Blessed

Today, we took our basket in for the traditional Easter blessing of the baskets, or Święconka, in Polish.

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Critter of the Day: cold!

This was taken during the snow storm we had on April 15.

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The juncos weren’t even feeding, really. Mostly, they just sat there, all puffed up, making the odd, desultory peck at some seeds.

It must have been quite a shock for the juncos to be back for the summer, only to have winter hit them, instead!

Home! (and cat cuddles)

Yes!!!

My husband is home from the hospital today!

It is so good to have him back!

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Even the cats missed him. They have been super cuddly. I’ve been waking up with these two, fighting to get under the covers with me. Mama cat won; she’s still under the covers in this picture, and Fenrir settled for sprawling on top of them.

Which left me with one arm stuck out, and unable to put my phone away. This was handy when I started getting messages from my husband, telling me he would be able to come home by 10 or 10:30.

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Getting Ready

While we are ready and waiting for my husband to come home from the hospital, we are also getting ready for Easter.

This evening, I went hunting for horseradish.

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After scraping away some fallen leaves, I found some new grow peaking through the ground. I used a potato fork (the only fork that didn’t grow legs and walk away over the years) to dig up a few pieces.

This bunch is growing under the power pole in the garden. I knew the area was very rocky, but wow. I had a really hard time getting that fork deep enough to get some roots out. No matter where I moved it, I was hitting rocks, just a couple of inches below the surface.

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I didn’t take out much. A larger piece for our own basket, and a couple of small pieces for my mother. If she wants, she can use one and plant the other, since she has garden space where she lives.

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For now, I’ve scrubbed the dirt off, and they are wrapped in damp paper towels. For our basket, I will peel some of the outer skin off the lower part, and save the top. The tradition is to use horseradish paste, mixed with beetroot, in the basket; the bitter taste of the horseradish symbolizes the pain of crucifixion Christ endured for us, while the sweetness of the beetroot symbolizes the joy of the resurrection. Growing up, though, we always used fresh horseradish root. My mother would sometimes give away pieces with sprouting tops, after the baskets were blessed, to friends to plant if they wanted.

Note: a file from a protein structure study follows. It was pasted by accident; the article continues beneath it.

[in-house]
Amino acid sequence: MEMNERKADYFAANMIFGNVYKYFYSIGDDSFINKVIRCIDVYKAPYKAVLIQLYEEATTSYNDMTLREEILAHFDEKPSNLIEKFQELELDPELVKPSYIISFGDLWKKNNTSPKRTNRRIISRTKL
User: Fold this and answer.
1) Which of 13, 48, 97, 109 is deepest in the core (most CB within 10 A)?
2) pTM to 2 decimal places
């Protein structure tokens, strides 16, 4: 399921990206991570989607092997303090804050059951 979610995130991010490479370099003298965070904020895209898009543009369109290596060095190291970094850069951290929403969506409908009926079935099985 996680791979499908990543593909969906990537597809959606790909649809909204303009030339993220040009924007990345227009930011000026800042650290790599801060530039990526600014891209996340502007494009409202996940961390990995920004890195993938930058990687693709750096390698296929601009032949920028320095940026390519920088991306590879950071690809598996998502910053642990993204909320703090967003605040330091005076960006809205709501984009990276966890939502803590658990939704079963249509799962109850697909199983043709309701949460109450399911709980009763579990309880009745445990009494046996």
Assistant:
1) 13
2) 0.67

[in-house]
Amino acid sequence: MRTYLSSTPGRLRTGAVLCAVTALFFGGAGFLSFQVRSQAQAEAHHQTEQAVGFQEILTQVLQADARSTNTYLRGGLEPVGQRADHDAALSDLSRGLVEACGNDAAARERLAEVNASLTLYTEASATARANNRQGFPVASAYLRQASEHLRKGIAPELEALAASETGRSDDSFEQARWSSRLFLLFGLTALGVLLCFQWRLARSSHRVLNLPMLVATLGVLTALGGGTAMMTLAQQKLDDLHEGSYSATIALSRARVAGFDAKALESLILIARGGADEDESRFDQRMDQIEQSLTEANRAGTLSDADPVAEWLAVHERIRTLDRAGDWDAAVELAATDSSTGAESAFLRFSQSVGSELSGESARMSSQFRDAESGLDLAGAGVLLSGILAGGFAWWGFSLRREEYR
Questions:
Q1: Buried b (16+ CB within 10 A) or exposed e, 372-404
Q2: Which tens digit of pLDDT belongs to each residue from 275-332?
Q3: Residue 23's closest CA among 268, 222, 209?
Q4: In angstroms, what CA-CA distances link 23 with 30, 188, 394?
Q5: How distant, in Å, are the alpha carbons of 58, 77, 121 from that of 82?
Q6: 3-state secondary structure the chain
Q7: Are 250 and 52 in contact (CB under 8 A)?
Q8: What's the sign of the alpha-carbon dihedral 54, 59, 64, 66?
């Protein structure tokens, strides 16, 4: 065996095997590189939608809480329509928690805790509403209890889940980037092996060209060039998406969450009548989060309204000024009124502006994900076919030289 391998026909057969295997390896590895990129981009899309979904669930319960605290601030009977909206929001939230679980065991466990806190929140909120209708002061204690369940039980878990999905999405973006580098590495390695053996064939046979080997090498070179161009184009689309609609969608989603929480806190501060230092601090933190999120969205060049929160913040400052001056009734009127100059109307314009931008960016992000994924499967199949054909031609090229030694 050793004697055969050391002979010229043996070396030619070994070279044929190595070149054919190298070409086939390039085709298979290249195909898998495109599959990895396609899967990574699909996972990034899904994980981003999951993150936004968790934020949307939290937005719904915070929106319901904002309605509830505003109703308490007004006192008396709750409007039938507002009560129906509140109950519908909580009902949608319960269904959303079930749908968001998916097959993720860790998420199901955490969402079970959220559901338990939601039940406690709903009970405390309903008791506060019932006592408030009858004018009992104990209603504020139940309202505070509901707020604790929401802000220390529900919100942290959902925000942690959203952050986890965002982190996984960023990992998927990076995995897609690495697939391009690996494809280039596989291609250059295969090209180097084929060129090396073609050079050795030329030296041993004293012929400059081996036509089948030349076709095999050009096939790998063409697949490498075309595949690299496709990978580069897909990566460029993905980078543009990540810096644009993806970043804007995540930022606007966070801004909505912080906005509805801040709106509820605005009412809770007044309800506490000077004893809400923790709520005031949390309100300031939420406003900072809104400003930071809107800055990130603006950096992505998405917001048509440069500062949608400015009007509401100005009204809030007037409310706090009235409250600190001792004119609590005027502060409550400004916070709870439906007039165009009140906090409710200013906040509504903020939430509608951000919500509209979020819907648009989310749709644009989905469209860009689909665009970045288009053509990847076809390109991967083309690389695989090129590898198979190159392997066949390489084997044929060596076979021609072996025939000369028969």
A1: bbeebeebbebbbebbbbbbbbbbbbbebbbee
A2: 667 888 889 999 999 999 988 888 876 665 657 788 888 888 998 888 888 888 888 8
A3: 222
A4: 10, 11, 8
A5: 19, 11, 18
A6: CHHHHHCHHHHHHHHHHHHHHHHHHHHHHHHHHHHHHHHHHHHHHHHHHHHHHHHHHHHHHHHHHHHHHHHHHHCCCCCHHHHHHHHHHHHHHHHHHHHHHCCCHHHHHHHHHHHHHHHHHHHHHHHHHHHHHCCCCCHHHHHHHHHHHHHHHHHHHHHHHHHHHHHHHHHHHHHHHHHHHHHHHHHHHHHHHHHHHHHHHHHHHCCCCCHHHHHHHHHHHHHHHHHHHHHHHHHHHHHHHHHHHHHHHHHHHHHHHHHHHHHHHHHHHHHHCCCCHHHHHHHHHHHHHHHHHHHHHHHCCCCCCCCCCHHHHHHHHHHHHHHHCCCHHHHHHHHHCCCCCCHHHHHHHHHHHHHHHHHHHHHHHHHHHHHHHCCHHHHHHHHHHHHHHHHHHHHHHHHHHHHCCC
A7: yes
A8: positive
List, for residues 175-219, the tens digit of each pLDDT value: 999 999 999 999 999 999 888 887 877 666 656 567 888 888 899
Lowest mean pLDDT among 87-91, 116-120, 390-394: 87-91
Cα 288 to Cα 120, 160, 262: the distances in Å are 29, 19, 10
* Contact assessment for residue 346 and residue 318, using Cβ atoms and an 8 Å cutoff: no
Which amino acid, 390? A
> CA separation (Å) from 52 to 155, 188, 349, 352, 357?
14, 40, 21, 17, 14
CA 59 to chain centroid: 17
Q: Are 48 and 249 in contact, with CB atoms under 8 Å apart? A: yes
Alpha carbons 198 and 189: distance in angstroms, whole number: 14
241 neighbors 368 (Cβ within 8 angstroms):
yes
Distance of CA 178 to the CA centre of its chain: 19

My mother planted the horseradish in strange places. One batch is under a spruce tree, which would be just as difficult to harvest as the ones growing among rocks. I found more growing among some of her flowers outside the living room window, which has better soil conditions, but harvesting it would mean damaging the bulbs of the flowers it’s growing with.

I’m thinking of maybe using some of the raised planters that are still in decent shape, so the horseradish itself will also be contained better, and not spread too much.

Something to figure out over the next few days!

Meanwhile, I will now go and boil some eggs to make pink pickled eggs. 🙂

The Re-Farmer

Ready and waiting – an update

Well, my husband’s replacement hospital bed arrived this morning!

Yay!

Though I am perplexed.

I thought he was approved for a heavier weight bearing bed. Instead, he got the exact same bed as before. Which is rated to above what my husband is, but that didn’t stop the other one from starting to break.

The mattress, however, is an “ultra” version that has a higher weight rating. It’s also thinner at the foot end, which I found interesting.

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Critter of the Day: let me have some!

This photo was taken on April 4, after the storm had passed. The feed left for the deer was covered, but they could still find it!

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With these two, the young male comes right in, while his mother hangs back, watchfully, before joining him. This day, it meant he had time to find one of the piles of deer feed already, and she just pushed her way right in there!

I leave about 6 or 8 piles, but they hadn’t found the other ones, yet. 😀